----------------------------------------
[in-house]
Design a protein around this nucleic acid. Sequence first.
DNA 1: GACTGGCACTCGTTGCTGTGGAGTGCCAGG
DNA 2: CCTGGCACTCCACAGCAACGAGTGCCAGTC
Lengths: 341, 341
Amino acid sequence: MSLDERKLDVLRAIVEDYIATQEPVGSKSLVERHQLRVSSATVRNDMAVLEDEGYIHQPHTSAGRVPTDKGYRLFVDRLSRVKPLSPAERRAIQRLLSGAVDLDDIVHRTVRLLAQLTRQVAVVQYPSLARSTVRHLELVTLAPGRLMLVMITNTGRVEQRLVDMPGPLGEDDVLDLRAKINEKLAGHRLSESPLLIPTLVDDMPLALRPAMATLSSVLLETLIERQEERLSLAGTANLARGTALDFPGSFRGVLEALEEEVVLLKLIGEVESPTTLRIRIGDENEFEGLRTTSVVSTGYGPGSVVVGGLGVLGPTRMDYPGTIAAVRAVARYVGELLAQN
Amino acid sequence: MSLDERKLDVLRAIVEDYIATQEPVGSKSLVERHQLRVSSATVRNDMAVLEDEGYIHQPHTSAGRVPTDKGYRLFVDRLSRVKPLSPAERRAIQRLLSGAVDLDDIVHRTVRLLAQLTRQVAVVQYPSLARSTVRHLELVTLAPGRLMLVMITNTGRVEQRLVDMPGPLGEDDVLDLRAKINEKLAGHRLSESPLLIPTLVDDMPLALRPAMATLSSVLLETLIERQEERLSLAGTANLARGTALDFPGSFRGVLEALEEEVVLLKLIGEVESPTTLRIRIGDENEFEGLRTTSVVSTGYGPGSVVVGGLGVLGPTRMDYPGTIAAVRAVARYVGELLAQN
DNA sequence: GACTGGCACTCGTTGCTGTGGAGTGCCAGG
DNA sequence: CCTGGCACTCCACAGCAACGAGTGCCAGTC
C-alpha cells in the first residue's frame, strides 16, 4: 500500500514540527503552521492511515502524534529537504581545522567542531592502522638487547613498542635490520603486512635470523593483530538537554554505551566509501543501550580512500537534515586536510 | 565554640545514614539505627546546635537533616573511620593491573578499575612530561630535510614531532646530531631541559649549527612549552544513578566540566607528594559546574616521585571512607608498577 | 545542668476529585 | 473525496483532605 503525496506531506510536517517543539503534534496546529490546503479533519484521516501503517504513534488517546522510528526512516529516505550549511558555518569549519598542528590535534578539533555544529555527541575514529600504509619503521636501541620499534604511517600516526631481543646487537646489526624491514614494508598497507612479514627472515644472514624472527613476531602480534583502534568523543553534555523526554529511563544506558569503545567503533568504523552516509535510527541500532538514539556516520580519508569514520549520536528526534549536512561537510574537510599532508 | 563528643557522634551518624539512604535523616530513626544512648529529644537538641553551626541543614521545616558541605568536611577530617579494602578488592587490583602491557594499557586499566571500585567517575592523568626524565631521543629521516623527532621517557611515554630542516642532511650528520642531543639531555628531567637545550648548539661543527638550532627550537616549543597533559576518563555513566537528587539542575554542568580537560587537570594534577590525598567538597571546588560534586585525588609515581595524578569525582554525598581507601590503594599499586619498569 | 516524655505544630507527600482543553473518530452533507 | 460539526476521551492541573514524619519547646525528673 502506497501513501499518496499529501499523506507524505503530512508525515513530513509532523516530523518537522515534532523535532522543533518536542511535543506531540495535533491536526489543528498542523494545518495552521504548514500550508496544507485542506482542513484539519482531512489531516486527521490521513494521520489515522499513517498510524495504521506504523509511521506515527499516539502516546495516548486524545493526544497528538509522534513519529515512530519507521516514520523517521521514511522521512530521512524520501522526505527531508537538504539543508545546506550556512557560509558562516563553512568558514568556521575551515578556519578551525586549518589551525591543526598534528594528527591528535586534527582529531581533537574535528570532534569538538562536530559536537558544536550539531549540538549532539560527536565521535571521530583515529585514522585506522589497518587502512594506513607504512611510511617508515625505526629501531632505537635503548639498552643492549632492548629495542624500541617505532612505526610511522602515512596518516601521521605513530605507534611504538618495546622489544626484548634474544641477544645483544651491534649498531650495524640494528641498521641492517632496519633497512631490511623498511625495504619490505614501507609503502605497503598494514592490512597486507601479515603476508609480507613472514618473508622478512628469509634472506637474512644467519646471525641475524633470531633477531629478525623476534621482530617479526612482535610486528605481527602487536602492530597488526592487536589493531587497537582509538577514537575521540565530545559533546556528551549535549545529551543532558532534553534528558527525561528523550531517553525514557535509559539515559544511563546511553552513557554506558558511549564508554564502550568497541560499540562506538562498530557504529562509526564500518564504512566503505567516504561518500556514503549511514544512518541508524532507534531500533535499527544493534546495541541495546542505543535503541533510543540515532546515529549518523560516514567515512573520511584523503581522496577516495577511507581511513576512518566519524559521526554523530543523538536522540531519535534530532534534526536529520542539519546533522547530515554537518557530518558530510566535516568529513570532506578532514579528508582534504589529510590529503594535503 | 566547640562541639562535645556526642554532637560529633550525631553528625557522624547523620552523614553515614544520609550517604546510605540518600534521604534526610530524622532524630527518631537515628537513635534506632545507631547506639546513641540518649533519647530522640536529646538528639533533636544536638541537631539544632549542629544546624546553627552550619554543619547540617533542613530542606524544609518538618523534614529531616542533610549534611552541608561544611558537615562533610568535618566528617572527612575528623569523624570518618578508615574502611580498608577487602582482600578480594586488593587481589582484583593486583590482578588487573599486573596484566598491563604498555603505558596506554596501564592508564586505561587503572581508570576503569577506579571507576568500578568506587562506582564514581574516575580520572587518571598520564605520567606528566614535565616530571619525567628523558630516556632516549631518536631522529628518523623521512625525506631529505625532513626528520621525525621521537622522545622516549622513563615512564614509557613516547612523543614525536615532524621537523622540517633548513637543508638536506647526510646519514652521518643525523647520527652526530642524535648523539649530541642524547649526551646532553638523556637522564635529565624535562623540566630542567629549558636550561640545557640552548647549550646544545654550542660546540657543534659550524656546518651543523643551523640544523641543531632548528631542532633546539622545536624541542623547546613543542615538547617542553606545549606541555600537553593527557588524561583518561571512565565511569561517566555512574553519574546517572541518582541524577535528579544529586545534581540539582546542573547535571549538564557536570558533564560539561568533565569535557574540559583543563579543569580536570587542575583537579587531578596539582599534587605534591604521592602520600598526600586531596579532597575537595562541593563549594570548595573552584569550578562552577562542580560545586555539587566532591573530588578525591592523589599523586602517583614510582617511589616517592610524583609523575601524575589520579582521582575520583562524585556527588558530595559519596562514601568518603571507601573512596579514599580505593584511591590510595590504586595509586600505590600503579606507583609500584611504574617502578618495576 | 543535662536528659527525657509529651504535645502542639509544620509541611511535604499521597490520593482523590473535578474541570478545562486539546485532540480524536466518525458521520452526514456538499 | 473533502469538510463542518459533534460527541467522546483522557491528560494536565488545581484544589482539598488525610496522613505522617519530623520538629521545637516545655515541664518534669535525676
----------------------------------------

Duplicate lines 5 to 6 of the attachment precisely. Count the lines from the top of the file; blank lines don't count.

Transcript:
Lengths: 341, 341
Amino acid sequence: MSLDERKLDVLRAIVEDYIATQEPVGSKSLVERHQLRVSSATVRNDMAVLEDEGYIHQPHTSAGRVPTDKGYRLFVDRLSRVKPLSPAERRAIQRLLSGAVDLDDIVHRTVRLLAQLTRQVAVVQYPSLARSTVRHLELVTLAPGRLMLVMITNTGRVEQRLVDMPGPLGEDDVLDLRAKINEKLAGHRLSESPLLIPTLVDDMPLALRPAMATLSSVLLETLIERQEERLSLAGTANLARGTALDFPGSFRGVLEALEEEVVLLKLIGEVESPTTLRIRIGDENEFEGLRTTSVVSTGYGPGSVVVGGLGVLGPTRMDYPGTIAAVRAVARYVGELLAQN